Might a solution be found in the arts?
The arts are arguably well ahead of the sciences in their acknowledgement of contributions and expertise by those not in starring roles. It might be the lead actors and the directors whose names are up in lights, but film and theatre professionals are acutely conscious of the critical role – and expert knowledge – provided by other members of the team. Anyone who’s read the programme notes for a play or sat through the credits for a movie (much more likely these days, thanks to Marvel standardising the practise of teaser trailers at the end) will know that an enormous number of people are involved in bringing these projects to fruition.
At the Oscars, approximately one-third of the awards are in technical categories. On the other side of the Atlantic, the recent recognition of casting directors by the BAFTAs is just the latest nod to the essential work done by people who never step on the stage or appear in front of the camera.
The arts also provide a more intuitively understandable framing of people’s roles in a project that transcends their exact contributions. Who put up the money and promoted the story? The producer. Who brought that story to life? The director. (Who realised that vision on the set? Usually the First Assistant Director…) Who gets most of the lines or attention? The lead actor. And so on.
So why not do this in science? Instead of a single author line for papers, why not have three? The starring cast, the technical crew, and the production team, with the production further subdivided into writing/directing/producing? The appealing thing with such an arrangement is that it would be intuitively understandable who (generally) did what, regardless of the nitty-gritty of individual contributions. It would make explicit what is currently encoded, sometimes cryptically, in the author lists.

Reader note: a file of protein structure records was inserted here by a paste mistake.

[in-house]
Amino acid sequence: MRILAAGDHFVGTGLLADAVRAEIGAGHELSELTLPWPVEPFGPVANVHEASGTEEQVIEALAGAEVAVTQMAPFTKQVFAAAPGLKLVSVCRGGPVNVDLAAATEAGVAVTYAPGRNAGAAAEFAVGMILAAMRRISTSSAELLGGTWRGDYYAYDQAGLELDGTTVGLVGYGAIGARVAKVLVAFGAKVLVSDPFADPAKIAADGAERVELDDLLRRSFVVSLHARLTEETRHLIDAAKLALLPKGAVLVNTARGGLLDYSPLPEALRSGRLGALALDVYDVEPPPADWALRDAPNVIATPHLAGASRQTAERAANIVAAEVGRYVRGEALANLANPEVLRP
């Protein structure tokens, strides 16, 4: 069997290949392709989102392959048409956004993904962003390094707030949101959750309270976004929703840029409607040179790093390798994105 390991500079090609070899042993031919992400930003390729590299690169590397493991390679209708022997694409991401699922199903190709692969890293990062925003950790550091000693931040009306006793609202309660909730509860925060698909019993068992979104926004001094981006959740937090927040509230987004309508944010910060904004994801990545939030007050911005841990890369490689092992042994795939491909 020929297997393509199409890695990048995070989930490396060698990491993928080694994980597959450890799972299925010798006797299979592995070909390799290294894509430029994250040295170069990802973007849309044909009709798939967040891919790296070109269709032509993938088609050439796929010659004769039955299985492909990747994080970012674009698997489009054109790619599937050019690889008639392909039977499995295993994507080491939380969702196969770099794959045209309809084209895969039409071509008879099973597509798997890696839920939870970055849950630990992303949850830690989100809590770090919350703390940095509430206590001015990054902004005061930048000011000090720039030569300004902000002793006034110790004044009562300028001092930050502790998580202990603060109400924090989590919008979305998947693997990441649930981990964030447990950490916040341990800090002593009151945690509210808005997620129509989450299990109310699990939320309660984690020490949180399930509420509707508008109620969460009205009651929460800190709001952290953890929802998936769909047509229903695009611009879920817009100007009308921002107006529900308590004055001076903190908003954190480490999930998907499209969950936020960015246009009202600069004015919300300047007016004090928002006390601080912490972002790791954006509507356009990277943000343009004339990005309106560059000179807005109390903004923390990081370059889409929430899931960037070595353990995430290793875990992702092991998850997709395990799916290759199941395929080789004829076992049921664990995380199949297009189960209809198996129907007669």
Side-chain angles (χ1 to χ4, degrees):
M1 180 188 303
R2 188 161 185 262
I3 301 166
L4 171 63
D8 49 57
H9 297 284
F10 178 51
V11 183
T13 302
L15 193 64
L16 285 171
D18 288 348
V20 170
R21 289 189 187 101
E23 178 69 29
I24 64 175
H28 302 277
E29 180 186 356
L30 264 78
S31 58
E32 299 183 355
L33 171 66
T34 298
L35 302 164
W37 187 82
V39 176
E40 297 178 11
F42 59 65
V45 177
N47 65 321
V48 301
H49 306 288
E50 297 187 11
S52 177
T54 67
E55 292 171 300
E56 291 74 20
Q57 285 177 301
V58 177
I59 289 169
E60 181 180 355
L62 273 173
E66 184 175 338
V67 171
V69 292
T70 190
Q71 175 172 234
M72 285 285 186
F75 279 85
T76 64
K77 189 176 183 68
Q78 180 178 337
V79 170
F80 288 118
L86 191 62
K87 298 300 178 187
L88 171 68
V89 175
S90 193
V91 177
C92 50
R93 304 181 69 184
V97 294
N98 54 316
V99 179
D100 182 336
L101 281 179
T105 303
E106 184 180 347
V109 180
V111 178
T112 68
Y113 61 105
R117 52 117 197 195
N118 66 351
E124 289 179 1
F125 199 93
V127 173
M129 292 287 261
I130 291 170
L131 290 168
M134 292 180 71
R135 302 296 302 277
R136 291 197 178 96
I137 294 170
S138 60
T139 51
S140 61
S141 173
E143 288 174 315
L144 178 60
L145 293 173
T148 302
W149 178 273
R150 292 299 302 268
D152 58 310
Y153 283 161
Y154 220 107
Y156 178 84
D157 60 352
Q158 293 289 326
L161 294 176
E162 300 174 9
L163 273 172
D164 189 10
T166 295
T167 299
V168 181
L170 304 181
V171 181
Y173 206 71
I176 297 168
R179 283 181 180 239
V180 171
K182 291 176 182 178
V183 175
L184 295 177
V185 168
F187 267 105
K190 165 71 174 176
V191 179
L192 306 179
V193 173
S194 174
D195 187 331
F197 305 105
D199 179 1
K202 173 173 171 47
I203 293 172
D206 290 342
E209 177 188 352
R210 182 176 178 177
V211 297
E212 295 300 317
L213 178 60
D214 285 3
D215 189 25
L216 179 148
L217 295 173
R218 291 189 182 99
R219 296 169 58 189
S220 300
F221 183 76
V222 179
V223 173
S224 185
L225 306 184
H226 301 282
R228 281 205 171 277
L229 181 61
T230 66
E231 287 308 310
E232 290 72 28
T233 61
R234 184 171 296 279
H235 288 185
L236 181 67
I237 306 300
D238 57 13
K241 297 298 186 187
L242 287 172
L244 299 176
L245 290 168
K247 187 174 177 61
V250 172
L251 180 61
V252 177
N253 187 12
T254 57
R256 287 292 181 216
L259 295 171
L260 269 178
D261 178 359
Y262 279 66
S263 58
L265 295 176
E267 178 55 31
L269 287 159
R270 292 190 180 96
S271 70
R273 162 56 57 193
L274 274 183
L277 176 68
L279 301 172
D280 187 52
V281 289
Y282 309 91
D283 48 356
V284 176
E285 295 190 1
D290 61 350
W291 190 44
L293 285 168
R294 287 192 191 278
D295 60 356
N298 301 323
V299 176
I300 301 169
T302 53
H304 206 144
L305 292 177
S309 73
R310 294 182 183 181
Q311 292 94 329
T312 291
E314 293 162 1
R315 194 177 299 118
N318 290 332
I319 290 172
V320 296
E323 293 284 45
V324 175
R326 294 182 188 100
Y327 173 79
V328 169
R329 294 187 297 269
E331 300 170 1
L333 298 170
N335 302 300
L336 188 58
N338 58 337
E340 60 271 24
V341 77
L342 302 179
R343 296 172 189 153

Importantly, it would immediately change author lists from being a single chain into a set of parallel objectives. It would compress the confusing set of 13 PLoS criteria into a clearer and more intuitively understandable set of ~5 categories – categories that bear a closer resemblance to how the work is actually done and what the relationships between the authors are – and then place those on the front page instead of tucking them away at the end. It would also allow people whose main expertise is technical to be properly recognised for that instead of always occupying some nebulous space in the middle of the author lists.
Such an approach would serve to highlight the diverse strengths of the team involved in making a paper. By offering ~5 categories for recognition, each with ordered name lists, it would also provide a more realistic window onto contributions (e.g. is the “star” also the first name in the writing credits or is their supervisor taking pole position there?) and a better reflection of the organic way that research projects develop.
The downsides? Yes, you might just turn the current squabble over order of authorship into a categorised scrap instead of a general free-for-all. In fact, that would almost certainly happen. But that doesn’t make it worse than the status quo, where authors are clinging to the top and bottom of the author list while others disappear into the vacuum of the middle.
This way would produce more “first authors”, and that’s got to be a more inclusive, more realistic, and more generous system than what we have right now. Films, plays, and albums would never dream of acknowledging all involved personnel in a single list with no further accreditation, and nor – especially in these days of ever greater specialisation – should the sciences. It’s time to look to the Oscars.